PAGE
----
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Running Time: 39 min



Review the body planes and terminology related to the head and neck, the oral complex, and the teeth. Identify, locate and relate the gross anatomical structures of the head and neck to include the bones of the skull Review the head and neck musculature Discuss the trigeminal nerve Identify the anatomic features of the extraoral and intraoral structures Release: 9/26/2014 | Expires: 9/26/2017

Release Date: September 30, 2014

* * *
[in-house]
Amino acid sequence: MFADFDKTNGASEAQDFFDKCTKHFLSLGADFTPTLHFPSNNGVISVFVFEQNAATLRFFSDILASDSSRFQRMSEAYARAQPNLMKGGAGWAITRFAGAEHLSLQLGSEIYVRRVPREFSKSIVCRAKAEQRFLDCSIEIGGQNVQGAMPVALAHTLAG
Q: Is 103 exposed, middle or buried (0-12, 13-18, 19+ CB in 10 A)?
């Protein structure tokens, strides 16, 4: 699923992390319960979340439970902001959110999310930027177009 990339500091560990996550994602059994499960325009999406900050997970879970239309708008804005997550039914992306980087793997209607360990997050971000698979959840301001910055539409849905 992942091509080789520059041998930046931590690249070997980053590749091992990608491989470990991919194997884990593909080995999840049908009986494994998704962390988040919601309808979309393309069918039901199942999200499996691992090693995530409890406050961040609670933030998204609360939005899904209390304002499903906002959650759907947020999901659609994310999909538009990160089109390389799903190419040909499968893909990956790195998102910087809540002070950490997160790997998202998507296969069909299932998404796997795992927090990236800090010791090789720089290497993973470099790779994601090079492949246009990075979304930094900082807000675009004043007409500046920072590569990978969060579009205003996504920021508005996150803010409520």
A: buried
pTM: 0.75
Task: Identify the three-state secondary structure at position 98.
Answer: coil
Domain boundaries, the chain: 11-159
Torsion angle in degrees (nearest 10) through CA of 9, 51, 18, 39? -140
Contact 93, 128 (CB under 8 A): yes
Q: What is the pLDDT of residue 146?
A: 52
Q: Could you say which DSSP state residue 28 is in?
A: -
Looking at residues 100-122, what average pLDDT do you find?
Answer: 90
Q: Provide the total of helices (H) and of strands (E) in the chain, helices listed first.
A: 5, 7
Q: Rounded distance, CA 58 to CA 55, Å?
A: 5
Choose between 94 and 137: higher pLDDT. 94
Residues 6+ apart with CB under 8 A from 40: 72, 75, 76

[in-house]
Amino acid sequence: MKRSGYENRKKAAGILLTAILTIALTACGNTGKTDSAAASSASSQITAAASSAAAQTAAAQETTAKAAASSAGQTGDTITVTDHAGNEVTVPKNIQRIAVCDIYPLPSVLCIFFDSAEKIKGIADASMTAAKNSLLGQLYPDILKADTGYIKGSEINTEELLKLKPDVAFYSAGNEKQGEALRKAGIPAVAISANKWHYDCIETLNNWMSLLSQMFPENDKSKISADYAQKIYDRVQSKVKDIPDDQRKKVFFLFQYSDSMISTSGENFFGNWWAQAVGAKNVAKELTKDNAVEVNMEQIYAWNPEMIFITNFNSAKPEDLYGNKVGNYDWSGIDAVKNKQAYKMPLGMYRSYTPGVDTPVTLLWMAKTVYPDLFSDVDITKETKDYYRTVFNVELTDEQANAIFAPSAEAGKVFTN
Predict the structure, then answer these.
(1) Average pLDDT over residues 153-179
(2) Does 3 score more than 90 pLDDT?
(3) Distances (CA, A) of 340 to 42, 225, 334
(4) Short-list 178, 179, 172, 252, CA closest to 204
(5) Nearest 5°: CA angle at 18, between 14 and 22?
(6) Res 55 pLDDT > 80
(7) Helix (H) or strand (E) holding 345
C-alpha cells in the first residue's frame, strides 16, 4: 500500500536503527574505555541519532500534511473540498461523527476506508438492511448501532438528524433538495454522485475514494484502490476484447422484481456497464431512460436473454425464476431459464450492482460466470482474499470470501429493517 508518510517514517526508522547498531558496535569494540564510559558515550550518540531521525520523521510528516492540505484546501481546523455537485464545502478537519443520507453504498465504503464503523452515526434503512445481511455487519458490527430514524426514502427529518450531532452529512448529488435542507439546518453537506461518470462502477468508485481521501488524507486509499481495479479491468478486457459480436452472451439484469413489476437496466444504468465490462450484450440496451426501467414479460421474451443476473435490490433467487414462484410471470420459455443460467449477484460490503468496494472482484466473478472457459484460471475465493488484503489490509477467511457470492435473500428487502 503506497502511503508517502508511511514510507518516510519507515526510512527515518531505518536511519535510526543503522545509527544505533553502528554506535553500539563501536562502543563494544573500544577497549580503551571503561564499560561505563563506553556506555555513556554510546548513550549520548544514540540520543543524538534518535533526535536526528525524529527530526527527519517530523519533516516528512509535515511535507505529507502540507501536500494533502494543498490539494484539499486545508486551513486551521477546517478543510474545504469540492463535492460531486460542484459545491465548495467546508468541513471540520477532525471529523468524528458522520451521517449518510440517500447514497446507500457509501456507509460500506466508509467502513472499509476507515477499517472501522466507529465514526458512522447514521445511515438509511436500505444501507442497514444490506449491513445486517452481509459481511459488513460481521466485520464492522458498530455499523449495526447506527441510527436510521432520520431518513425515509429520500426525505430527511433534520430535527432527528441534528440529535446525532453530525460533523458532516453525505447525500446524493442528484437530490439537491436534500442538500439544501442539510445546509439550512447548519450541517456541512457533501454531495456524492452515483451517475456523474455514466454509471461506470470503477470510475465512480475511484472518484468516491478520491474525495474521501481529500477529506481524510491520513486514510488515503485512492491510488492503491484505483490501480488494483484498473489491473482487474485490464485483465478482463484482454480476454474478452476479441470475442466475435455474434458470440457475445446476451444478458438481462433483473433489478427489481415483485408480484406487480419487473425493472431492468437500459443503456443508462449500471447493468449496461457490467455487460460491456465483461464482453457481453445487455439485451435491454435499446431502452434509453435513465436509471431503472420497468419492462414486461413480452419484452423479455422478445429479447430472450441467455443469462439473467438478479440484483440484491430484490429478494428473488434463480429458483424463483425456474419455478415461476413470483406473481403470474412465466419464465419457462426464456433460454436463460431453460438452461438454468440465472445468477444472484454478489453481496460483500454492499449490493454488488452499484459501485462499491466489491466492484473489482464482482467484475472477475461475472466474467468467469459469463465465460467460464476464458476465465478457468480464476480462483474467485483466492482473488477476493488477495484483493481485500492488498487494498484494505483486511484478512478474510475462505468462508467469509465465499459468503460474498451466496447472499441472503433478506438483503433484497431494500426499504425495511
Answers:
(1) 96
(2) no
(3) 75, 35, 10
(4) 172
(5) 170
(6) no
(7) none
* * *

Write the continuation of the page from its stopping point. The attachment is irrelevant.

My name is Karima Bapoo-Mohamed. I’m a dental hygienist from Edmonton, Alberta, Canada. I have my clinical practice there for about two decades. And over that time I’m also the associate clinical professor at the University of Alberta, where I graduated from. So what I’m here to share with you is really my practical, clinical experience and knowledge, as well as many experiences from international presentations and lectures worldwide on various dental hygiene implant topics. Welcome to the module on orofacial anatomy. Today’s learning objectives are going to start with a quick review on the body planes and terminology. We’re going to spend the majority of our time on actually locating and relating the growth anatomical structures of the head and neck. The head is a unique structure in our body because it has to be strong enough to protect vital organs, like the brain and the sensory organs, from mechanical pressure. However, it has to be light enough for the neck to support it. So what are some of the key structural elements about the head and neck, is what we’re going to discuss in the osteology of the skull. We’re going to spend some time in this module on the muscles the head and neck, followed by the trigeminal nerve of the head and neck area. And we’ll finish off this module with the extraoral, intraoral structures. So moving on with our first objective of the module, we’re going to refresh our memories on some of the anatomical directional terms. As we know, anterior, posterior are synergistically meaning front and back. Distal always implies to something away from the origin. Or in our case, it’s usually the midsagittal line. Proximal is something that’s close to the midsagittal line. Dorsal always refers to the upper surface. For example the dorsal surface of the tongue is the upper surface of the tongue, compared to the ventral surface. Superior and inferior are self-explanatory terms. And then there’s the lateral and medial. Lateral always relating to the external aspect. So for example, they ear is lateral to the eye, because it’s external from the midline to the eye. Let’s review the three popular body planes for our head and neck anatomy. The sagittal always implies to the midline, which divides the body basically to the left on the right zones. The frontal plane, or the coronal plane, actually slices the body into the front and the back area. And then the third plane, of course, is the transverse, or the horizontal plane, which actually dissects the body in the upper and lower areas. These plane, of course, become very critical in our CBCT analysis of radiograph. I would now like to move over to our second objective of the module. And that’s really talking about the osteology of the skull. There are 22 bones in the head and neck area. And as we mentioned earlier, it’s a vital role of supporting and protecting some organs, especially the brain. We also want it to serve as a purpose for attaching muscle to this area. And it has to be lightweight enough for the neck to actually be able to support it. So with all of these characteristics and features that are required, let’s take an analysis of these 22 cranial facial bones. So starting with the 22 cranial and facial bones, I’m going to begin with the eight cranial bones. The frontal bone is, of course, of most visual value to us, occupying the forehead area of the body. And as we can see, that it does form part of the skull as well as the eyes. And the roof of the nasal cavities is also occupied by the frontal bone. What’s neat about this bone is it does have the orbits, the roof part of the orbits, are also part of the frontal bone. This is actually showing an image of an 18th-century skull that was ruptured with a sword in the frontal bone area. So it has to be very strong to support the cerebral mass that housing in the frontal bone area. The second critical bone of the cranial facial bones is the parietal bone. And that’s the dome shaped bone, actually it’s a curved plate. And it has four borders around it. This bone is the one that actually bulges on the side, and really provides the roof to the cranium. The other bone is, of course, the basal bone at the skull called the occipital bone. We’re all familiar with this bone in that it is housing the foramen magnum. That is a key landmark for this area, allowing the necessary nerves that connect the spinal cord to the brain. Moving on to the temporal bone, which is actually the sides of the bone. And it’s actually called temporal at the temple area of your bone. The important features with this bone is it does have the mastoid processes, the styloid, the zygomatic arches, as well as the glenoid fossa. And the articular eminence is actually a large part of it, as well, because that’s the feature that’s also holding the auditory canal in place as well. So it’s an important bone because it is supporting the seven cranial nerves that also pass through the bone. The sphenoid bone is actually a Greek word for wedge-like. And as you can see from the image on the bottom, it does look like a bat with its wings extended. And it is this pink colored bone. And it is pretty much wedged right in front of the temporal bone and actually behind the frontal bone. And it serves an important function because it is forming the back part of the nose. It’s also the base of the cranium. And it is also the floor for the orbits of the eye as well. The ethmoid bone is of course very cancellous looking. You can see it’s very spongy, got lots of holes in it. And this is by design, because this is, again, supporting the ethmoidal cells which are related to the olfactory senses of the body. What’s important about this bone is if you have a patient in the chair who has had a recent motor vehicle accident, this is a bone that actually fractures very easily by any trauma to the face. And the neat thing with this is if it fractures along the cribriform plate, which is this little divider right here, it can actually wedge itself into the cerebral fluid and actually break the body brain barrier. So really important to investigate for any breakages around this area if you have a patient with a motor vehicle accident. So that was, very quickly, a review of the cranial bones. I’d like to now move on to the facial bones. There are 14 facial bones. And we’re just going to discuss a few key ones for our purposes today. I am starting with the maxillae, which is, of course, the upper palette of the bone. It is actually two halves that are fused together. The neat thing with this, the key features about the maxillae, is the nasal processes right here. And they actually form the side of the nose. So as this slide describes, it goes upward and medially, forming the side part of the nose. And it’s also an important one because it sutures in the midline, as well. And maxilla holds 10 deciduous teeth and, of course, 16 permanent teeth. As you can see, what we call the palate of the mouth is actually formed by two palatine bone which are L shaped. And they actually fuse in the midline there. And these are horizontal plates which look like the opening up the incisive foramen or the nasal palatine [? foramen. ?] The zygomatic bone, of course, is on the lateral side. And it’s gained an interesting term. “Zygoma” in Greek actually means yoke, which is like a wooden cross piece. This is this cross piece that they used to hold two animals together when you pull a cart. And this is very appropriate for the zygomatic. Because as we can see, it is the one that’s bridging together a few bones, namely the frontal bone, the temporal bone, as well as the maxilla. The mandible, of course, a lot of us like live here in the mouth, is the only movable bone in the whole head and neck region. And its function is to really give shape to the lower portions of the face. It’s also connecting the skull via the temporal mandibular joint, via the condyles. So let’s investigate the mandible a little closely. And here’s a picture showing the two condyles, which is the coronoid processes, as well as the mandibular notch in the middle of the two coronoid processes. We have the mental foramen as well as the mental protuberance, right in the anterior of the chin part of the– and some people have it more prominent than the other. What’s important function, or a landmark about the mandible is, of course, it’s housing the inferior alveolar nerve bundle. The ramus is the ascending limb of the mandible. And that’s a critical feature to know for our local anesthetic injections, especially the inferior alveolar nerve. This slide is again showing different processes. I want to highlight the two condyles that we have the right at the edges here. One would be right along the TMJ area. And of course, we have the external oblique line as well. This slide is also showing the mental foramen right here, which is an exit point for the mental nerve. Again, an important landmark for our local anesthetic. So what is the clinical relevance of this whole mandibular alveolar processes. Well, the important thing is when you have a patient that is edentulous, comparing the two radiographs, you can see the height of the alveolar bone is reduced from there all the way. It’s almost exposing the superior border of the inferior alveolar nerve right there. So when you have this kind of a bone loss, it can be excruciatingly painful for the patient because the nerve bundle is very superficial intraorally. And the other feature about the mandible is a lot of times, it will fracture. And when it does it can be bilateral. So really investigate the radiograph carefully when you have any kind of trauma or fracture to this area. OK, we’ll move on to the muscles of the head and neck area next. And just a quick review of the muscles. We all remember this from school. There’s two ends to the voluntary muscle. There is the origin and the insertion point. And usually muscles work in antagonistical ways. So we have muscle that contract. But for a muscle to contract somewhere, something has to be extended somewhere else. So just a quick review. There are lots of muscles that attach to the bones, the osteology of the skull. But there are some muscles that also attach the skin. And that’s where we get a lot of our facial expressions from. So moving on to the muscles of mastication. There are four paired muscles, the primary ones being the masseter, the temporal, and of course, the internal and external pterygoid. And really the key functions of the masseter muscles is to open and close the jaw. What’s unique about it, too, is it allows the mandible to make protrusive and retrusive movements as well. And I think what’s really phenomenal is the muscles of mastication allow the mandible to move sideways, as well, from the left to the right. So let’s begin with the masseter muscle, as we know it’s located right along the cheekbone area. It is one of the largest muscle, and actually it’s very superficial, as well. What’s neat about this muscle is it will help elevate the mandible. And patients in the chair who, when you’re doing your extraoral exam, feel like they have a very strong masseter muscle are probably bruxers or clenchers or grinders. And so it becomes very important. So long as the muscle’s soft and it’s asymptomatic for the patient, it’s probably a very natural occurrence. But the masseter is very easy one to spot on our extraoral exams. The only downside with a very prominent masseter muscle is that you could have some enlargements that are maybe neoplasms of benign or malignant nature. And it’s likely that you might miss it. So very important when you are testing for a very hypertrophic masseter muscle to really be cognizant of any neoplasms that may exist there. Let’s look at the temporalis muscle. This is, of course, attaching to the temporal bone. And it is a fan shaped muscle which is bilaterally located on either side. Again, the main function is to raise or elevate the lower jaw. The pterygoid muscle, of course, the medial pterygoid muscle, is the one that helps with mastication. Of course, helps with the elevation of the mandible. I wanted to move on to the lateral pterygoid muscle. Now this is interesting because this is the only muscle that helps lower the mandible. All the other muscles of mastication that we talked about help lift the mandible. This is the only one that’ll lower the jaw. So it’s an important muscle for depression of the mandible. The other depressor muscles are, of course, the mylohyoid. And those are located right there on the floor of the mandible. And they help primarily with the opening of the jaw. Facial expression muscles, there are a number of them. And they are really important ones. There are eight paired muscles that give us the facial expressions of the smile and the frown and so on. And we won’t discuss all of these, but I do want to talk about some key ones, starting with the buccinator. I know, in school we used to call it the kissing muscle. But it’s actually called the trumpet muscle anatomically, because this is the one that helps or gives power and pressure in blowing instruments. And it’s helpful in the facial expressions. But it’s also helpful in the chewing and masticatory function the body, as well. It actually helps keep the food in the mouth and help push it to the back. It’s actually in close proximity to your masseter muscles. So again, it overlaps with the masseter, which is going in a different direction. As we know about muscles, their strength is really dependent on the number of fibers and how densely packed the fibers are. So some muscles may be more exaggerated than the others. So that was a quick review of the muscles. We’re now going to move on to the nervous system. And the key nerve is the fifth cranial nerve, the trigeminal nerve, which goes through the head and neck area. Let’s explore the three branches of this cranial nerve, the ophthalmic branch, the maxillary branch, and the mandibular branch. And these are them right there, that we are really pertinent to us in dentistry. This is again showing an animation of the maxillary branch of the trigeminal nerve. And you can see it does divide into individual branches that innervate the whole maxillary dentition there. This is really important for infiltration injections that we do and understanding how very diverse the network the vessels are in here. This is again showing the maxillary nerve in a different viewpoint, where you can actually see the branches. It’s really cool on a human cadaver. And how it divides. And it’s actually a [? sixth ?] trunk of the branch, as well, that is segueing into it. The mandibular branch of the trigeminal is an important one because this is the inferior dental plexus of the mandibular branch. This is where we live for our intraoral injections for the IA block that we always give. And it has thousands and thousands of axons in these cell bodies. And they come from the Gasserian ganglion. And these are really important nerves to really be familiar with. As you can see, this is the ascending superior border of the internal alveolar nerve. And it’s a thick trunk of nerves. If you are able to isolate this nerve, you’re getting a nerve block all the way to the mental foramen area and freezing the posterior part. This is an important enactment of the mental nerve in the exit point from the mental foramen on the lingual aspect of the mandible. So we talked about the local anesthetic considerations. What becomes important is the location of this, and then our insertion site for the injections in this area. As you can see, here is the ascending limb off the inferior alveolar nerve. And this is what we’re trying to isolate when we are placing our injection. And catching the lingual nerve on our way to during insertion. This picture actually shows it maybe a little better, as to the three branches. And one thing we should mention about local anesthetic is we know is that it depends on– it’s very pH-sensitive. And so if you have a patient who has an abscess or a lot of localized inflammation, the pH in that mouth is going to be a lot more acidic, which makes the nerve fibers very slow in the diffusion process of the local anesthetic. So that, coupled with the patient’s really heightened pain sense of awareness, everything’s so painful that this would be a good, as you know, local anesthetic consideration for nerve. So it’s not so much that you’re not isolating the nerve, necessarily. But it’s perhaps that the inflammation and the pH of tissues is interfering with the diffusion of the local anesthetic. OK. And we will move on to the anatomic features of extraoral and intraoral structures as last key objective. Of course, we want to familiarize ourselves and our terms with the gingiva, which is, of course, the 3/4 of the alveolar process around this area by the teeth. The neck of the teeth is a good way of describing the gingiva. It’s about 0.5 millimeters wide. And below the free gingiva is the attached gingiva. And, of course, below that is the alveolar mucosa. So when we’re doing our intraoral soft tissue anatomy, these are the three key features that we should be watching out for. There’s, of course, the vestibules. And there are mucous membrane vestibules in the palate. The two spaces, one is the facial aspect of the teeth, but the internal structures of the cheek and the lip area. And the other one is the lingual aspect of the vestibule on the mandibular teeth and the tongue is the second vestibule. So that’s another important soft tissue anatomical structure. The alveolar processes, we alluded to that earlier. And that’s the bone that is present between the teeth into the jaw bone area there. The residual ridges usually refer to the bone that is left behind. The bone is there and stimulated because of the teeth that are there. And as soon as you lose a tooth, you don’t use it, you lose it. The bone has no reason to live there. So what happens over time is it will just die away. It’s just like getting a cast in your hand. And for six weeks, you have a cast, for example, in your hand or your arm. You take a cast out, and the bone actually shrinks. You can physically see the discrepancy between the two arms. And that’s actually residual ridging, or bone loss, based on not being used or excited. So the bone loves to be stimulated, but not aggravated. And when you don’t have enough stimulation, it will just die on you. And so that’s what’s referred to as the residual ridge or the alveolar ridge. This becomes important as we showed in the earlier slide because the bone is there also protecting this wonderful nerve bundle. And we can’t have too much bone loss because it’s going to expose the fragile nerve endings there. All right, the other area we should also be aware of for the soft tissue anatomy of the mouth is the maxillary tuberosity, which is actually behind the wisdom tooth area. And it does ascend into the condylar area there. So that’s that zone showing on the image there. The hamular notch is a deep depression, which is located posterior to the maxillary tuberosity. And the palate, as we know, has the hard palate and the soft palate. Let me move on to the next slide, and that might describe it a little better. As we can see, the hard palate has the incisive papilla, which is the opening of the inside of the foramen and the nerve bundles coming through there. We have the rugae, which is this insulated, irregular ridges on either side of palate. This is a midpalatine suture that we’re showing right cutting through the left and the right areas there. And of course, we have the palatine raphe, as well. This picture also shows the demarcation point between the hard palate and the soft palate. And that’s that line right there. And that’s called the vibrating line. And it is easy to actually see that abrupt transition between the hard palate the soft palate there. The clinical significance of this is the dentures or dentist fabricating dentures for the patient, they want to limit it right to the posterior borders of this vibrating line the denture, so we don’t want to go beyond that. The palatine fovea is a depression area. There are two groupings. These are actually just minor salivary glands. And sometimes you’ll see them isolated quite easily. The other soft tissue area is the frenum. We have the labial, the buccal, and the lingual frenum. And this is just showing the maxillary frenum right there. The labial frenum is again that narrow fold of the oral mucosa. And it is a good demarcation point of the midline. However, it’s not always on the midline, so we can’t really use that as a guide for midline because people can have off-centric frenums, as well. And, of course, there’s two buccal frenums on the buccal fold area on each side of the arch. And they’re usually located around the premolar area. And then, of course, we have the lingual frenum, which is on the underside of the tongue and only visible when you raise the tongue. Let’s talk about the occlusal plane. So we’ve talked about the skull, and the bones, and the muscles, and the nerves. And now I want to talk about how do these jaw bones actually come together? And this is an important feature– is the occlusal plane. This plane is really the contact between the top and the bottom teeth and how the mandible and the maxilla relate to each other. This will project posteriorly– intersect with the mandible in the two points, and they’re actually both the points in the arch there too. So they’re a good guide. The occlusal plane provides a good guide in determining whether the occlusion is normal or if there are some issues with the occlusion. And especially if you’re fabricating any artificial prosthesis, you want to know where the occlusal plane of the patient is. The other thing with the occlusal plane being abnormal is it will probably have some TMJ relationships as well. So if there is some symptomatic TMD going on, check the occlusal plane for a good reference and a guide. All right. Let’s talk about the sulcuses. These change with the rise and fall, of course, with the facial expressions, and we’re here talking about the labial, the buccal, lingual, and the maxillary sulcus. And really, these are located on the sides of the alveolar ridge, between those various locations. So the labial sulcus is between the alveolar ridge and the labial and the buccal frenum, and the buccal sulcus is, of course, between the alveolar ridge and the buccal aspect of it. Same thing with the lingual and the maxillary sulcus. Now, I guess what’s important to remember is these will change in depth, and size, and dimension as the face moves and changes. The mandibular buccal shelf actually is located at the base of the alveolar ridge in the bicuspid or premolar and the molar regions. And then you have this buccal shelf that’s barely visible. So the clinical significance of this is when you have an alveolar ridge that’s really large and well defined, the buccal shelf is not very easy to observe. Mental foramen– we showed pictures of the mental foramen earlier as the exit point for the mental nerve bundle, and it’s really a fairly large, prominent opening in the mandible, located slightly below the root tips of the first and the second premolar teeth. And sometimes, I’ve noticed over the X-rays that instead of just coming up and looping forward and backwards, it’ll come up medially and then go up [? coronally. ?] And so it’s very important, when isolating that nerve bundle, for example, for your mental nerve blocks that it may not be exactly by the first premolar. And sometimes, the opening may be more closer to the first and the second premolar. What’s important about this is excessive pressure on the mental foramen, of course, can cause freezing, or paresthesia, or discomfort for a lot of patients. So again, fabricating any kind of artificial removable or permanent prosthesis, we want to really be cognizant of the opening and the location of our mental foramen. We spoke about the floor of the mouth earlier and how the mylohyoid muscles are really important in actually helping us with the depression of the jaw, but that’s just showing actually the lingual frenum on the underside, or the ventral aspect, of the tongue. And the depth of this floor, of course, changes again with the contraction and extension of the tongue muscles. So let’s go there. Let’s talk about the tongue and how the muscles of the tongue work. And what are the functions of the tongue? Well, it is a large musculature organ, and it has very specialized cells, very unique to this organ of the mouth. Of course, the brain will intercept with these muscle very acutely to detect taste sensation, and that is from the chemical receptors that are present on there. The tongue is also a very important function for speaking and chewing food, of course. And what’s really important is examining the tongue on both the dorsal and the lingual surfaces, as well as the ventral surfaces because you could have oral pathology related to the tongue area there too. Of significance too is, again, when we’re fabricating prosthesis that the tongue is such a strong muscle, it can actually reject or remove a lot of the denture that aren’t retain very accurately in there– so very important to watch that the tongue is in harmony with all these other structures that are in the mouth. And of course, we again talked about the functions– the big key thing is when we are having an intraoral oral exam of the tongue, and you take your gauze, and you’re taking a good look at the dorsal surface of the tongue, you are actually looking for the three types of the papillae that exist there– the fungiform, the foliate, and the circumvallate. Circumvallate are located more on the posterior aspects. And of course, you just want to look for the integrity of these papillae because they are so critical in the taste sensation of the mouth. They also help manipulate the food, as we talked about. They actually help push the food back into the glottis and the epiglottis area as well. And of course, the saliva becomes very important lubricant for the time tongue to perform the functions that it does. And there are the tongue muscles. There are actually two types of muscles that exist in here, the intrinsic and extrinsic muscles. And they actually originate, pretty much, from the hyoid bone and the styloid processes of the temporal bone. And they’re really important because they work synergistically to provide all the functions that we’ve talked about. Moving on to the salivary glands, this is again a very important aspect of the head and neck anatomy. As we’re doing our external examinations, we are checking for the parotid gland. Now, the parotid gland location is actually very similar, or very close to, the masseter muscle that we talked about earlier. So again, if the parotid gland is very prominent, you could very much confuse it with a very hypertrophic masseter muscle as well because the location of it is very similar. The other salivary gland we want to point out is the submandibular gland. It is bilaterally found on the mandible area on either side of the midline, and it’s usually around the mylohyoid muscle, on the posterior edges there. The sublingual gland is more in the [? mental ?] area. And we’re also just checking for any abnormalities doing our extraoral exam, so it’s important to know where these glands are located and what are we looking for when we’re doing our extraoral exam. So anything that’s abnormal or feels like a bump or doesn’t– or is symptomatic for the patient merits a close examination for some gland duct areas. And there are numerous minor salivary glands, of course. They’re located in many places on the interior of the mouth, especially the palate of the mouth that we’d talked about. And so it’s good to be aware of all those salivary gland location areas. We briefly talked about the TMJ, and I just want to say that you are also checking, as part of your extraoral exam, the articulation of the TMJ and how the condylar processes are relating to the mandible and that fossa– and the glenoid fossa. And of course, this is in the temporal bone area of the skull. And so very important to do that bilateral– looking out for pain. And aside from pain, I also look at deviations. Does it deviant upon closing or upon opening? Because that again gives us a reference to the occlusal plane of this patient’s mouth. So what are some of the common causes for TMJ pain? It is symptomatic. If the TMJ feels OK, it opens and closes fine, but the patient is wincing a little bit– again, you’re asking, does that hurt? So only sometimes, or sometimes you’ll hear a clicking sound, or it doesn’t happen all the time, but when I try and bite into a burger, yeah, I can certainly feel a sharp pain in my jaw. And really, that has to be something to do with either the muscle attachments there or the nerve endings there. So it can range. Sometimes, the pain is so bad– I had a patient in the chair where they had very limited range of motion. And she was at a point where she’s just– literally all her ingestion was through a straw. So anything that was liquid in form was the only thing she could actually ingest because she didn’t have range of motion in the jaw. So based on that, I think this merits a huge examination in our chairs, and I know we’re running late sometimes and anxious to get to the next patient, but take those four or five minutes initially to do a very comprehensive external and internal examination, especially the TMJ. Sometimes, the TMJ pain can also be related to some systemic diseases, and we have a separate module dedicated to that important topic of systemic diseases and oral links. So again, the signs and symptoms. There could be some sounding– this is just recapping the TMJ disorder dysfunction. There could be some clicking, grinding sounds the patient may complain about. There could be some limited range of motion. Sometimes, a patient may have ear discomfort as well, and sometimes it can be related to some facial pain. Patients who’ve been through some motor vehicle accident or some kind of jaw trauma, of course, would have a lot of TMJ issues as well. Interestingly, headaches– sometimes, people have continual or repeated headaches, and it may not necessarily be due to the headache area, but it’s actually connected to the origin being the TMJ. So really investigate and refer your patient accordingly. Sometimes, a TMJ symptom can also be dizziness, actually. So it could be pain in the TMJ. It could be pain in the jaw area. And sometimes, the teeth and even the basal area of your neck can get painful, all originating from the TMJ. So going back to that patient I was talking about, I did refer her to a TMJ specialist. And she’s not only got restored range of motion, but her pain– she says my neck ache is gone, and she didn’t even realize she had a neck ache. And it was all related to that one area of the TMD– so very important anatomical part of the head and neck, and something we should take a close look and examine on a routine basis for our appointments. So this pretty much recaps our module for orofacial anatomy. We started out with reviewing the terminology and the three critical plains of the body. We then moved on to the osteology of the skull. We discussed some of the key muscles of the head area and, of course, discussed our trigeminal nerve and its indications to local anesthetics. And we finished off the module with some extraoral/intraoral soft tissue anatomy. So with that, I would like to leave you with a story that is very near and dear to me because it’s a story about the cat and tail that was told to me by my dad when I was very young. And you might have heard this story, but it’s about this little kitten that’s playing in the alley, and she’s trying to catch her tail and put it in the mouth. So this old alley cat walks by and says, hey, little kitten, what are you doing? And this little kitten has a real attitude, and she says, well, I have been to cat philosophy school, and what I have learned is happiness is the most important thing for a cat. And the other thing I learned– that it’s located in my tail. So if I catch my tail and capture it in my mouth, I will have happiness forever. So this old cat– you know, very wise– ponders and pauses for a minute and says, well, you know, little kitten, I never went to any cat philosophy school. I’ve just walked these alleys all my life. But what’s interesting, little kitten, is I’ve learned the same two things– that happiness is the most important thing for a cat, and it is, behold, located in our tails. But the only difference, little kitten, is I learned if you go about doing what’s important to you in your life, your tail will always follow you. So my message to you is do what’s important to you in your life. Do those comprehensive extraoral/intraoral exams. And I tell you, in my clinical practice, I’ve saved at least two patients’ lives from doing the comprehensive exam by understanding the oral facial anatomy. So with that, thank you very much for your attention. Live life passionately. Thank you.